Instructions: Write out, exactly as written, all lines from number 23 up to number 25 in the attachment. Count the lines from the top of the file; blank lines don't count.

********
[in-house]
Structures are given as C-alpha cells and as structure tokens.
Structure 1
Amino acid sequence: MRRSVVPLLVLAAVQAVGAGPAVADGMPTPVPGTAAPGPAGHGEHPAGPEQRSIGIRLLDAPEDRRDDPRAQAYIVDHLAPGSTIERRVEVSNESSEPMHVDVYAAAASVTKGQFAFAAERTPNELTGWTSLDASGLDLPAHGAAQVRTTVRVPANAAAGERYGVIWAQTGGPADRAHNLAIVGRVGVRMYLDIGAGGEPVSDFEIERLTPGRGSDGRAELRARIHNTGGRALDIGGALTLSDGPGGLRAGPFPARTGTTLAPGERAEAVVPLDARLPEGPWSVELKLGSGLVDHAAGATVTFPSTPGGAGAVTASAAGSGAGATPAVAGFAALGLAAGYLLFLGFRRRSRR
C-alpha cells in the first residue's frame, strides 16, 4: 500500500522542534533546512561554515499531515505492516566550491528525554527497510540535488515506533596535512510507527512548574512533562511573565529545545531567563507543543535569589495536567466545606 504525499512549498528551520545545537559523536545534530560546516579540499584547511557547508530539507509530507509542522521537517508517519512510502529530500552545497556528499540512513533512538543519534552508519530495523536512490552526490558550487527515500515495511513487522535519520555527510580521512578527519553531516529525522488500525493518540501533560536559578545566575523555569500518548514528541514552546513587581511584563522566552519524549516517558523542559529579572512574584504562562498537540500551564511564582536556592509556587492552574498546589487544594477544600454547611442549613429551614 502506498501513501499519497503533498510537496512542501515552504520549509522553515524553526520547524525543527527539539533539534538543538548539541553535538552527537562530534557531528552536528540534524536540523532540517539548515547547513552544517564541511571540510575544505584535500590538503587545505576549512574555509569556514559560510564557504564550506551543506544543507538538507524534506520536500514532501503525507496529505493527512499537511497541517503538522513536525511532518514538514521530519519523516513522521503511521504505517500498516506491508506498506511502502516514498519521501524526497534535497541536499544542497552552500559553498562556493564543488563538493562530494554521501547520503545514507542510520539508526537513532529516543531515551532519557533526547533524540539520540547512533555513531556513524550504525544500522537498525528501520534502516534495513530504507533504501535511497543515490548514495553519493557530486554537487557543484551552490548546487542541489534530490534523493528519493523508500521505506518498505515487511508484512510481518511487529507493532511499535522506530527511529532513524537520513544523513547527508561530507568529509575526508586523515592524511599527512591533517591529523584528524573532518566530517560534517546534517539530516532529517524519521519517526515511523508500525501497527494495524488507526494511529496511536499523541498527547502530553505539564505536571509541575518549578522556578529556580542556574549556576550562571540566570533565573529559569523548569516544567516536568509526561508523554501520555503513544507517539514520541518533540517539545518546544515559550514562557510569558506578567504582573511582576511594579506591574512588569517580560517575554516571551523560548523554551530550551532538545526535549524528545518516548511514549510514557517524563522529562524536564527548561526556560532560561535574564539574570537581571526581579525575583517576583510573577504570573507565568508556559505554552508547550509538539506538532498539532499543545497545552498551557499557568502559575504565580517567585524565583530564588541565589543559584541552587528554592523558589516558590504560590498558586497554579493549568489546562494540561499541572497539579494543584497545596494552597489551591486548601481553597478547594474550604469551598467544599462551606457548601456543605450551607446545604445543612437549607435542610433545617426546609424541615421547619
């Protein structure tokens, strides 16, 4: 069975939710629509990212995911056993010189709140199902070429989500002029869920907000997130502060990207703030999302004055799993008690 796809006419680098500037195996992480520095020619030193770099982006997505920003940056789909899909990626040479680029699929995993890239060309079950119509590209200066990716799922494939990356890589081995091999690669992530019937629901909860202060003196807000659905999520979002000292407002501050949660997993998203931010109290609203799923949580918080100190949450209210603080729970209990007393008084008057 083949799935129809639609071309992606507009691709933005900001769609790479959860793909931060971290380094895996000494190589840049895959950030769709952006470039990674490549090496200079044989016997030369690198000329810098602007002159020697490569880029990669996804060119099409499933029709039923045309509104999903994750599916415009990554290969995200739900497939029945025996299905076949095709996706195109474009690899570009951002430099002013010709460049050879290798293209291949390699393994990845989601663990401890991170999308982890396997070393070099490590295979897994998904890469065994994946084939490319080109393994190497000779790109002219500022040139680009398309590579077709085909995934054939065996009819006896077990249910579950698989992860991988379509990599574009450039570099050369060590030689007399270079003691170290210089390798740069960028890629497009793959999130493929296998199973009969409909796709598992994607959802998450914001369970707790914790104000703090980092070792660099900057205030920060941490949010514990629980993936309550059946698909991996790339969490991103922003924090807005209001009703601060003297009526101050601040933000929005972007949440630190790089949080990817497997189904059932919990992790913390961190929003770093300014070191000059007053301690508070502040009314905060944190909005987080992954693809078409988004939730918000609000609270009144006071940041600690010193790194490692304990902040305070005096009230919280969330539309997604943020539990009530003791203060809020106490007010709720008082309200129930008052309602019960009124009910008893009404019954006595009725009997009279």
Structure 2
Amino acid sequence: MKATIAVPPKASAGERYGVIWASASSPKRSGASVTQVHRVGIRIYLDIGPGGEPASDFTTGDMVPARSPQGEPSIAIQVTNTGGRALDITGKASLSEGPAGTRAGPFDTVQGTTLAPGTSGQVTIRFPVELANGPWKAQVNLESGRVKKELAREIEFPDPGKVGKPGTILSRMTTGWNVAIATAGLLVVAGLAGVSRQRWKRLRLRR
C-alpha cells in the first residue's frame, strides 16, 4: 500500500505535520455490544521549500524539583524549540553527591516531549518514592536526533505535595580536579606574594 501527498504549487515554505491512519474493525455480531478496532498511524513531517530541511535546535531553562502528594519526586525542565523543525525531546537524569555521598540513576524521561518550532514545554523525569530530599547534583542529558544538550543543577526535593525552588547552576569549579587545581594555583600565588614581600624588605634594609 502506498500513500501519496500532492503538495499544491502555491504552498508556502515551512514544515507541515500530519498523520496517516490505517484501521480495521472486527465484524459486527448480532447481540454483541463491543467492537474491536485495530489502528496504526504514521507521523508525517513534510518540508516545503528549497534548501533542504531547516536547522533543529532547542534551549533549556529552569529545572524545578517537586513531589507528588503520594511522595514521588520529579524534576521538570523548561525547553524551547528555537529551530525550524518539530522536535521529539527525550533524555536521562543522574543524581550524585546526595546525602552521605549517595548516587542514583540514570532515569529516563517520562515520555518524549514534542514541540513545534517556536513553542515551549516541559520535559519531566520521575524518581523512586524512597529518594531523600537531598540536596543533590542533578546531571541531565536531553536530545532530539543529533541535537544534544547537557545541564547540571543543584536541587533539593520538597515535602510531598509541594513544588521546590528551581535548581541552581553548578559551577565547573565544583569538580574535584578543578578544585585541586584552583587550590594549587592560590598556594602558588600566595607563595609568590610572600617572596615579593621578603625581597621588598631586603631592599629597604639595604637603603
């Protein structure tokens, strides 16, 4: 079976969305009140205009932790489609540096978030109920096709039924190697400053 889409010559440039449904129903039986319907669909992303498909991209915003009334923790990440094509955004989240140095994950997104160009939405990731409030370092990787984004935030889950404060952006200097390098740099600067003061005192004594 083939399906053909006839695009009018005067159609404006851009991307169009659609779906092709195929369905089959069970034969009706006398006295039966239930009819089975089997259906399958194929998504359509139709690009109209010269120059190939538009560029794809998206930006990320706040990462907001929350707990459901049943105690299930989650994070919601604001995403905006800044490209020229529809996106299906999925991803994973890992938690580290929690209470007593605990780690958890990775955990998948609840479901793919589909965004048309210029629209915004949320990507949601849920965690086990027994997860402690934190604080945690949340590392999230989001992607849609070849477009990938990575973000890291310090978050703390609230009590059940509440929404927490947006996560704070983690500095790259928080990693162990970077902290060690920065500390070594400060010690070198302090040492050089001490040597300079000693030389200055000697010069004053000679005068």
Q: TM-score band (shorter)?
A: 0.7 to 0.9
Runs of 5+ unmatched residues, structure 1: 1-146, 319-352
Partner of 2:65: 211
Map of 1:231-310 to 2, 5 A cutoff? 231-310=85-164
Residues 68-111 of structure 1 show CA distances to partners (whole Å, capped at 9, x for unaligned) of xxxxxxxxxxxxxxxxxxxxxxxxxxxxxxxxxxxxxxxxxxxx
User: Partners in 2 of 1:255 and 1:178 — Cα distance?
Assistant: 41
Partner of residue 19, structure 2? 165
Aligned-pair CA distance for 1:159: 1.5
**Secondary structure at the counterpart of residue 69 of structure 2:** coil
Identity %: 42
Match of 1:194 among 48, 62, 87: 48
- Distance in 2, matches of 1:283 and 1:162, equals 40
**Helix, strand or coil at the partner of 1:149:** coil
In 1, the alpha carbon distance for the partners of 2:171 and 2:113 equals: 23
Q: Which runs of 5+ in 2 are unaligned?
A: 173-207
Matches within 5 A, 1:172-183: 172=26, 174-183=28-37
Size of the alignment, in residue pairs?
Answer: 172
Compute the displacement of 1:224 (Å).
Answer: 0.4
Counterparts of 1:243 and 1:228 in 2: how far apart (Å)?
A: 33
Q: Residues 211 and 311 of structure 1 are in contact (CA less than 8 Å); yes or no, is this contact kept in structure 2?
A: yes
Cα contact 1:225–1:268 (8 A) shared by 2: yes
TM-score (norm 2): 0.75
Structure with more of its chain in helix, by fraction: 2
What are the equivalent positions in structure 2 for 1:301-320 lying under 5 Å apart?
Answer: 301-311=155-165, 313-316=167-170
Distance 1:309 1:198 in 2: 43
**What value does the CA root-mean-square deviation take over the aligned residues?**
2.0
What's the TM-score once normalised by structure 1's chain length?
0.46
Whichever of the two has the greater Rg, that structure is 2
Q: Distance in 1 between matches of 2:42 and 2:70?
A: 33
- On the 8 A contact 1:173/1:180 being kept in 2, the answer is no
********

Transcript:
Match of 1:194 among 48, 62, 87: 48
- Distance in 2, matches of 1:283 and 1:162, equals 40
**Helix, strand or coil at the partner of 1:149:** coil